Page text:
As Spain was not yet in NATO, we were limited to dissimilar with Phantoms from the 12th Wing, based in Torrejón Air Base, and Mirage F1 from the 14th Wing in Albacete Air Base. Once a year we took part in exercises with the US Navy 6th Fleet.This gave us the opportunity of having some very boring dogfights with the Tomcats.”
Mirage versus F-14 Tomcat
“Regarding our exercises with the US Navy’s 6th Fleet, we always played the bad guys trying to attack and sink the carrier, but it was almost impossible. Think of 20 destroyers and cruisers around, all of them full of long and short range guided missiles -and leaving no hole to go through. So at the end of our attacking run, we used to meet a couple of Tomcats, but maybe they knew we had been killed three or four times before arriving there, so they didn’t seem eager for a bit of rock ’n’ roll. A couple of turns with their wings fully extended, and that’s all folks. Anyway, we were at low altitude.I don’t know why they never planned for real dissimilar dogfights with us as part of the exercises. They were not interested. Pity. You know what navies are like though…”
Mirage III versus Mirage F1
“The Mirage F1 was a completely different thing. They had a lot of advantages over the Mirage III: Better engine, 7200 kgs against our 6700; the aircraft was a ton lighter; it had no need for external tanks so always flew in a full clean configuration; automatic slats and flaps; and better radar and a HUD. Only the weapons were equal: Sidewinders and guns. To dogfight them was real hard work for us. We had to emphasise mutual support to stop them entering firing range. If we reached an advantageous position on one of them, they only had to zoom up and comfortably wait up there for us to nose down and generate sufficient speed to follow. Our only resource was the diving acceleration, so the usual tactic was fly towards them at full throttle, kill the speed to get a position to fire the Sidewinder and escape diving like hell. I remember the F1 pilots complaining because we always tried to avoid close dogfight. Our answer always was: give us your engine and your automatic slats/flaps and we’ll stay for close dogfight.”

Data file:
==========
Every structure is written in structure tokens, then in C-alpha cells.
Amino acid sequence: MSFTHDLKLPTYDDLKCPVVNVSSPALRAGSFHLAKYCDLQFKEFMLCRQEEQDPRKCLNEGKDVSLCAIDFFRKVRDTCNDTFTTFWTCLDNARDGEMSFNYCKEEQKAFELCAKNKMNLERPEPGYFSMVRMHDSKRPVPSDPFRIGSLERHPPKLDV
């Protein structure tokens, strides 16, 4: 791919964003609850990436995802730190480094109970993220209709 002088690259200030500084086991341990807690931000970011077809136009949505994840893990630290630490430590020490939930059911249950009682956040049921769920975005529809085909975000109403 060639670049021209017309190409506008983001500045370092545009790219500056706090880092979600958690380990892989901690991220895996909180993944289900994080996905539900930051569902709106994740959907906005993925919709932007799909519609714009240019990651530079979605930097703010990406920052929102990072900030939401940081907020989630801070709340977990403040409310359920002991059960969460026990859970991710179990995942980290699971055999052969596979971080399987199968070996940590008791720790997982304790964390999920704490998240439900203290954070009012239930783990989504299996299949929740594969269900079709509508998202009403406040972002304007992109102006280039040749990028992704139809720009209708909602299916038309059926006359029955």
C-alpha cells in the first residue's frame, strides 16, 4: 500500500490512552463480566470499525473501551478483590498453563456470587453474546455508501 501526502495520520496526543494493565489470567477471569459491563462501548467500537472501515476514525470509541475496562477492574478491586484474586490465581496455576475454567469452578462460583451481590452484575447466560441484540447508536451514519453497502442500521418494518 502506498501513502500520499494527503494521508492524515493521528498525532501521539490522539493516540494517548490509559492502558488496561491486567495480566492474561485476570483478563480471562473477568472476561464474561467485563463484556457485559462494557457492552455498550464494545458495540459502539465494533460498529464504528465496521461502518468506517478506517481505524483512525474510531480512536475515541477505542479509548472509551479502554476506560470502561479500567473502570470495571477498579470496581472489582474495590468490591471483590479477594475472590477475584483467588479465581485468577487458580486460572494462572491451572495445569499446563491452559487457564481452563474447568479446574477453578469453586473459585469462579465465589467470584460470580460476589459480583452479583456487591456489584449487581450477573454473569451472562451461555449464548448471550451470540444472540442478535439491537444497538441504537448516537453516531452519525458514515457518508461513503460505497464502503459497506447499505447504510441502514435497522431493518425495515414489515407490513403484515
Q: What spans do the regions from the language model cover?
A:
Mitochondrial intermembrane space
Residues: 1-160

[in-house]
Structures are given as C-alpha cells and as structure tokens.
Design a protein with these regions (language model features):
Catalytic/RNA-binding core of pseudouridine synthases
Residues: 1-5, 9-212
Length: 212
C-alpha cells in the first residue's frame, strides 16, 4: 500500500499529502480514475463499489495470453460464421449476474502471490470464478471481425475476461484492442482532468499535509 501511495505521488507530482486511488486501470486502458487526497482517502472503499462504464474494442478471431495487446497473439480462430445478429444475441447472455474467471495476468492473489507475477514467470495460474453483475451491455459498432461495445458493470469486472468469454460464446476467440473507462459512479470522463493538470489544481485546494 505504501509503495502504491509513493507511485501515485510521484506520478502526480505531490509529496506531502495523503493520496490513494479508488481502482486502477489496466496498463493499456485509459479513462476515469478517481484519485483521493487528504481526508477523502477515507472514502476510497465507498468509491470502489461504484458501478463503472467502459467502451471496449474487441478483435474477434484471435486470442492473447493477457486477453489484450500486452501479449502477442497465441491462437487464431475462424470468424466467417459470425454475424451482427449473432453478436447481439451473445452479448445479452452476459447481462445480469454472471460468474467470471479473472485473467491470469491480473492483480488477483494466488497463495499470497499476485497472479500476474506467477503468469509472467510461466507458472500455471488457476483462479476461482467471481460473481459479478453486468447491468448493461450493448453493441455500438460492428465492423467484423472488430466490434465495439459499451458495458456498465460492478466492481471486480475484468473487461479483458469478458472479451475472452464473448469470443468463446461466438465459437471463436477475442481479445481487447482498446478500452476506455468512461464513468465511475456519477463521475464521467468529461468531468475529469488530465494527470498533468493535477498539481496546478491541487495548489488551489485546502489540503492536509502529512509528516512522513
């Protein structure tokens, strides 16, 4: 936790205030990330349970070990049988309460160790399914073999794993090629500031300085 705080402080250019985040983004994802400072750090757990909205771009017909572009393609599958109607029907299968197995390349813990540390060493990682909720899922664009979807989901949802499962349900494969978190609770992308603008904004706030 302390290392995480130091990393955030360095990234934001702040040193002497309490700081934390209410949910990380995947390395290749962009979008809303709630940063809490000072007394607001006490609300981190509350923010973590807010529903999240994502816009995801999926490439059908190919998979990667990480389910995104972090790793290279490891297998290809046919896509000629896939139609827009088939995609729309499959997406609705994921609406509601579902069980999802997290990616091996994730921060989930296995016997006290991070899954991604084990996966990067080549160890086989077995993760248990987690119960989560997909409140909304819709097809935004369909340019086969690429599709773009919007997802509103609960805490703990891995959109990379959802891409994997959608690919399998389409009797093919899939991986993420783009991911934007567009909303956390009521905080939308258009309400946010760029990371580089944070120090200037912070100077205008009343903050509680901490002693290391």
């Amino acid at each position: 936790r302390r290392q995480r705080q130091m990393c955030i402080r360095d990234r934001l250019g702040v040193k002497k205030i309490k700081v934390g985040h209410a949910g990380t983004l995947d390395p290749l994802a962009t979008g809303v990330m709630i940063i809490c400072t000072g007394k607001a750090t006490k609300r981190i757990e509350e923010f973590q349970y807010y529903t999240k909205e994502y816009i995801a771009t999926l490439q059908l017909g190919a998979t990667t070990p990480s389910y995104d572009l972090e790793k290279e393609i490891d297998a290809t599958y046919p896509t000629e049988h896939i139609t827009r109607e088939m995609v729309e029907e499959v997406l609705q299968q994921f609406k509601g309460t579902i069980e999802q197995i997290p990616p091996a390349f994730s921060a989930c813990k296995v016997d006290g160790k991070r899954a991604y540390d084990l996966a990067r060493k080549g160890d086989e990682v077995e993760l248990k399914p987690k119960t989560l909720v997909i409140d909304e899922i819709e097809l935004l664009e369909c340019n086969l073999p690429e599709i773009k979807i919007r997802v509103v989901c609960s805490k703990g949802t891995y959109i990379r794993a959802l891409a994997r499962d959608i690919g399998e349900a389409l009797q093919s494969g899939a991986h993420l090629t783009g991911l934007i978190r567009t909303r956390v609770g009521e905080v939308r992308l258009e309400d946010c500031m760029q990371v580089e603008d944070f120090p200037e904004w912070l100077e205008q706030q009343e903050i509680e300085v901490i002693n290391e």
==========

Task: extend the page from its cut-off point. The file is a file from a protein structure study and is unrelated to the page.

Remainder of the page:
Want to see more stories like this: Follow my vapour trail on Twitter: @Hush_kit
Thank you for reading Hush-Kit. Our site is absolutely free and we have no advertisements (any you see are from WordPress and not us). If you’ve enjoyed an article you can donate here. This site needs donations to keep going, thank you.
Have a look at How to kill a Raptor, An Idiot’s Guide to Chinese Flankers, the 10 worst British military aircraft, The 10 worst French aircraft, Su-35 versus Typhoon, 10 Best fighters of World War II , top WVR and BVR fighters of today, an interview with a Super Hornet pilot and a Pacifist’s Guide to Warplanes. Want something more bizarre? The Top Ten fictional aircraft is a fascinating read, as is The Strange Story and The Planet Satellite. The Fashion Versus Aircraft Camo is also a real cracker. Those interested in the Cold Way should read A pilot’s guide to flying and fighting in the Lightning. Those feeling less belligerent may enjoy A pilot’s farewell to the Airbus A340. Looking for something more humorous? Have a look at this F-35 satire and ‘Werner Herzog’s Guide to pusher bi-planes or the Ten most boring aircraft. In the mood for something more offensive? Try the NSFW 10 best looking American airplanes, or the same but for Canadians.
Only the later Mirage F-1EE had a real HUD; the CEs had what we could call and advanced optical sight but no a real HUD. Same for combat flaps, which arrived with the second or third lot and were later retrofitted. Still, the F-1 was a bit more powerful but with a quite small wing it wasn’t exactly nimble